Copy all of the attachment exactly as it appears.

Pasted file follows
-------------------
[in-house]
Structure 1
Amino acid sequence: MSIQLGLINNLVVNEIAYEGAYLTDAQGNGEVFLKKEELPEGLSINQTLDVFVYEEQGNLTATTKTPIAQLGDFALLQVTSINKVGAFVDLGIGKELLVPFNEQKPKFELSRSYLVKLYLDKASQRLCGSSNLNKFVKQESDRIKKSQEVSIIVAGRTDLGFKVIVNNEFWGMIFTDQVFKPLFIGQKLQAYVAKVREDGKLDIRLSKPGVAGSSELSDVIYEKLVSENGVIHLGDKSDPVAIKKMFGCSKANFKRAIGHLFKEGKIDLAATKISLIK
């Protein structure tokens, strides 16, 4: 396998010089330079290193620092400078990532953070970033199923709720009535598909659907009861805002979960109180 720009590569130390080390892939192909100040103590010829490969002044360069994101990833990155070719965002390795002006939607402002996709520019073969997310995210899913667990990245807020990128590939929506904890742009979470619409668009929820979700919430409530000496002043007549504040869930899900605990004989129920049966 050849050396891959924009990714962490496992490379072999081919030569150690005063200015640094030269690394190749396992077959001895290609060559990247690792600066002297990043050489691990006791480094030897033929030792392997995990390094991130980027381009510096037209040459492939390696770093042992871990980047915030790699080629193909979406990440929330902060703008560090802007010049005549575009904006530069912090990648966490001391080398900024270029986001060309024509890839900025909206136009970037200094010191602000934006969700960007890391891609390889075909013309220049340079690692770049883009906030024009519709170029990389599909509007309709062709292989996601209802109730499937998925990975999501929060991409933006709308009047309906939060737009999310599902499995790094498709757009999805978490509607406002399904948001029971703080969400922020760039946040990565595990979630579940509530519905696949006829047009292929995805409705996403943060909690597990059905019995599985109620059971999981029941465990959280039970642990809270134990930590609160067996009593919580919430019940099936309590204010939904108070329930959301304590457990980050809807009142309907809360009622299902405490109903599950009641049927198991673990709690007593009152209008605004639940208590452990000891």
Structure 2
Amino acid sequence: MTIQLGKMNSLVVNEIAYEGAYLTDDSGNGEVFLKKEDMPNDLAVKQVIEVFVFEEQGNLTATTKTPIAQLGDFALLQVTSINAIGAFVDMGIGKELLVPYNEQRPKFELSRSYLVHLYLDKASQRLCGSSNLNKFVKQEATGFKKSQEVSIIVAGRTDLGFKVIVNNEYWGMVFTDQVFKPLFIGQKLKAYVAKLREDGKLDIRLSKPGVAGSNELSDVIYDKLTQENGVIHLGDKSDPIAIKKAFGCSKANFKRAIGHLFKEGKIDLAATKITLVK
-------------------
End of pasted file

[in-house]
Structure 1
Amino acid sequence: MSIQLGLINNLVVNEIAYEGAYLTDAQGNGEVFLKKEELPEGLSINQTLDVFVYEEQGNLTATTKTPIAQLGDFALLQVTSINKVGAFVDLGIGKELLVPFNEQKPKFELSRSYLVKLYLDKASQRLCGSSNLNKFVKQESDRIKKSQEVSIIVAGRTDLGFKVIVNNEFWGMIFTDQVFKPLFIGQKLQAYVAKVREDGKLDIRLSKPGVAGSSELSDVIYEKLVSENGVIHLGDKSDPVAIKKMFGCSKANFKRAIGHLFKEGKIDLAATKISLIK
């Protein structure tokens, strides 16, 4: 396998010089330079290193620092400078990532953070970033199923709720009535598909659907009861805002979960109180 720009590569130390080390892939192909100040103590010829490969002044360069994101990833990155070719965002390795002006939607402002996709520019073969997310995210899913667990990245807020990128590939929506904890742009979470619409668009929820979700919430409530000496002043007549504040869930899900605990004989129920049966 050849050396891959924009990714962490496992490379072999081919030569150690005063200015640094030269690394190749396992077959001895290609060559990247690792600066002297990043050489691990006791480094030897033929030792392997995990390094991130980027381009510096037209040459492939390696770093042992871990980047915030790699080629193909979406990440929330902060703008560090802007010049005549575009904006530069912090990648966490001391080398900024270029986001060309024509890839900025909206136009970037200094010191602000934006969700960007890391891609390889075909013309220049340079690692770049883009906030024009519709170029990389599909509007309709062709292989996601209802109730499937998925990975999501929060991409933006709308009047309906939060737009999310599902499995790094498709757009999805978490509607406002399904948001029971703080969400922020760039946040990565595990979630579940509530519905696949006829047009292929995805409705996403943060909690597990059905019995599985109620059971999981029941465990959280039970642990809270134990930590609160067996009593919580919430019940099936309590204010939904108070329930959301304590457990980050809807009142309907809360009622299902405490109903599950009641049927198991673990709690007593009152209008605004639940208590452990000891």
Structure 2
Amino acid sequence: MTIQLGKMNSLVVNEIAYEGAYLTDDSGNGEVFLKKEDMPNDLAVKQVIEVFVFEEQGNLTATTKTPIAQLGDFALLQVTSINAIGAFVDMGIGKELLVPYNEQRPKFELSRSYLVHLYLDKASQRLCGSSNLNKFVKQEATGFKKSQEVSIIVAGRTDLGFKVIVNNEYWGMVFTDQVFKPLFIGQKLKAYVAKLREDGKLDIRLSKPGVAGSNELSDVIYDKLTQENGVIHLGDKSDPIAIKKAFGCSKANFKRAIGHLFKEGKIDLAATKITLVK